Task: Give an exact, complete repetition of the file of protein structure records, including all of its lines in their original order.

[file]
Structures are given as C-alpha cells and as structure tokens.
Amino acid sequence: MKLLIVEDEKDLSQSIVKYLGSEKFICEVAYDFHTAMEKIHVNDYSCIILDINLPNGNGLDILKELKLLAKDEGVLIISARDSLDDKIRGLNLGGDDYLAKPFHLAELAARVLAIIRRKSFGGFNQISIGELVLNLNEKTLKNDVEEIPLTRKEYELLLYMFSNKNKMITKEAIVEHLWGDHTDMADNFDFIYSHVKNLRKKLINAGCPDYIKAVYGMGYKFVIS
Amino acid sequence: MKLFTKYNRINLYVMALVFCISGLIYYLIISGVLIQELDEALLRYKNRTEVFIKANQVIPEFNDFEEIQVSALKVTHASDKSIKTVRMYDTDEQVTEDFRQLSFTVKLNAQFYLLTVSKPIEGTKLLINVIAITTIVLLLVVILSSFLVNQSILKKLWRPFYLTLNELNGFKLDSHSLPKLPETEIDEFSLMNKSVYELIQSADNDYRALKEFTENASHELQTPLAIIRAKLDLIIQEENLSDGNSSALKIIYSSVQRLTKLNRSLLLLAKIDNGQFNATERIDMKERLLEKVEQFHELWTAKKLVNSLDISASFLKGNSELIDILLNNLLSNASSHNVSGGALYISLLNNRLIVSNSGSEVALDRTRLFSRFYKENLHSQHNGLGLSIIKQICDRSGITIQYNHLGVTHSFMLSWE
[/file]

Structures are given as C-alpha cells and as structure tokens.
Amino acid sequence: MKLLIVEDEKDLSQSIVKYLGSEKFICEVAYDFHTAMEKIHVNDYSCIILDINLPNGNGLDILKELKLLAKDEGVLIISARDSLDDKIRGLNLGGDDYLAKPFHLAELAARVLAIIRRKSFGGFNQISIGELVLNLNEKTLKNDVEEIPLTRKEYELLLYMFSNKNKMITKEAIVEHLWGDHTDMADNFDFIYSHVKNLRKKLINAGCPDYIKAVYGMGYKFVIS
Amino acid sequence: MKLFTKYNRINLYVMALVFCISGLIYYLIISGVLIQELDEALLRYKNRTEVFIKANQVIPEFNDFEEIQVSALKVTHASDKSIKTVRMYDTDEQVTEDFRQLSFTVKLNAQFYLLTVSKPIEGTKLLINVIAITTIVLLLVVILSSFLVNQSILKKLWRPFYLTLNELNGFKLDSHSLPKLPETEIDEFSLMNKSVYELIQSADNDYRALKEFTENASHELQTPLAIIRAKLDLIIQEENLSDGNSSALKIIYSSVQRLTKLNRSLLLLAKIDNGQFNATERIDMKERLLEKVEQFHELWTAKKLVNSLDISASFLKGNSELIDILLNNLLSNASSHNVSGGALYISLLNNRLIVSNSGSEVALDRTRLFSRFYKENLHSQHNGLGLSIIKQICDRSGITIQYNHLGVTHSFMLSWE